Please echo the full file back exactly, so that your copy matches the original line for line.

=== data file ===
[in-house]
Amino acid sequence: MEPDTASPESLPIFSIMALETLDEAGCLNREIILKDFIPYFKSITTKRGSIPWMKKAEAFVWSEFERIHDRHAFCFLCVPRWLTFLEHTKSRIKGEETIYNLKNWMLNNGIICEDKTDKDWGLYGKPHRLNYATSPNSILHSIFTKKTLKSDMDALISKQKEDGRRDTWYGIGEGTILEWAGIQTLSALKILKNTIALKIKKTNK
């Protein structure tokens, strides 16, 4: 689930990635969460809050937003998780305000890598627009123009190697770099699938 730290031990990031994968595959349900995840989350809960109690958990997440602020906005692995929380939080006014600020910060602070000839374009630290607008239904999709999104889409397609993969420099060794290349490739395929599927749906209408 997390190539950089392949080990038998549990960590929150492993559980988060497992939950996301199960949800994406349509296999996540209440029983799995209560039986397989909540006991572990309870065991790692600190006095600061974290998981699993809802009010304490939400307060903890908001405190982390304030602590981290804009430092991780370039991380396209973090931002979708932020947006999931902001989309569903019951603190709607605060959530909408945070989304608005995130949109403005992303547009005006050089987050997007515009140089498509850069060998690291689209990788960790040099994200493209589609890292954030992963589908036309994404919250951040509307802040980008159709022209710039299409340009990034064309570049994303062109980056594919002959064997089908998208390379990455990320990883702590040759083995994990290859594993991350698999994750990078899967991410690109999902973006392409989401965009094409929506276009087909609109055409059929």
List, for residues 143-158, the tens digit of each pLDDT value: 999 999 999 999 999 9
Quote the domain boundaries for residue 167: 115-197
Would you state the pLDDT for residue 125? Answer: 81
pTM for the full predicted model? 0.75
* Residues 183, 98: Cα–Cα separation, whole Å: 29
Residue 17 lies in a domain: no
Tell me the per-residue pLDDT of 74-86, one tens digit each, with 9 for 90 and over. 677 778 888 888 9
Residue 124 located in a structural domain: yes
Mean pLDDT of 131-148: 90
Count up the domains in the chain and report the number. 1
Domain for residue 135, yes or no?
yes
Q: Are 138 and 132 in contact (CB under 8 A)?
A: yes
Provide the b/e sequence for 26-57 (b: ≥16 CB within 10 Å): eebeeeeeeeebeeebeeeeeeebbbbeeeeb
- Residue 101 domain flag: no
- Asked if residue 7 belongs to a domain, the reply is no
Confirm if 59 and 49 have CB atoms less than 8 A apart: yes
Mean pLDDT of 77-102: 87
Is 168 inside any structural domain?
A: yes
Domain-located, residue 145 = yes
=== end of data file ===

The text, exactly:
[in-house]
Amino acid sequence: MEPDTASPESLPIFSIMALETLDEAGCLNREIILKDFIPYFKSITTKRGSIPWMKKAEAFVWSEFERIHDRHAFCFLCVPRWLTFLEHTKSRIKGEETIYNLKNWMLNNGIICEDKTDKDWGLYGKPHRLNYATSPNSILHSIFTKKTLKSDMDALISKQKEDGRRDTWYGIGEGTILEWAGIQTLSALKILKNTIALKIKKTNK
């Protein structure tokens, strides 16, 4: 689930990635969460809050937003998780305000890598627009123009190697770099699938 730290031990990031994968595959349900995840989350809960109690958990997440602020906005692995929380939080006014600020910060602070000839374009630290607008239904999709999104889409397609993969420099060794290349490739395929599927749906209408 997390190539950089392949080990038998549990960590929150492993559980988060497992939950996301199960949800994406349509296999996540209440029983799995209560039986397989909540006991572990309870065991790692600190006095600061974290998981699993809802009010304490939400307060903890908001405190982390304030602590981290804009430092991780370039991380396209973090931002979708932020947006999931902001989309569903019951603190709607605060959530909408945070989304608005995130949109403005992303547009005006050089987050997007515009140089498509850069060998690291689209990788960790040099994200493209589609890292954030992963589908036309994404919250951040509307802040980008159709022209710039299409340009990034064309570049994303062109980056594919002959064997089908998208390379990455990320990883702590040759083995994990290859594993991350698999994750990078899967991410690109999902973006392409989401965009094409929506276009087909609109055409059929």
List, for residues 143-158, the tens digit of each pLDDT value: 999 999 999 999 999 9
Quote the domain boundaries for residue 167: 115-197
Would you state the pLDDT for residue 125? Answer: 81
pTM for the full predicted model? 0.75
* Residues 183, 98: Cα–Cα separation, whole Å: 29
Residue 17 lies in a domain: no
Tell me the per-residue pLDDT of 74-86, one tens digit each, with 9 for 90 and over. 677 778 888 888 9
Residue 124 located in a structural domain: yes
Mean pLDDT of 131-148: 90
Count up the domains in the chain and report the number. 1
Domain for residue 135, yes or no?
yes
Q: Are 138 and 132 in contact (CB under 8 A)?
A: yes
Provide the b/e sequence for 26-57 (b: ≥16 CB within 10 Å): eebeeeeeeeebeeebeeeeeeebbbbeeeeb
- Residue 101 domain flag: no
- Asked if residue 7 belongs to a domain, the reply is no
Confirm if 59 and 49 have CB atoms less than 8 A apart: yes
Mean pLDDT of 77-102: 87
Is 168 inside any structural domain?
A: yes
Domain-located, residue 145 = yes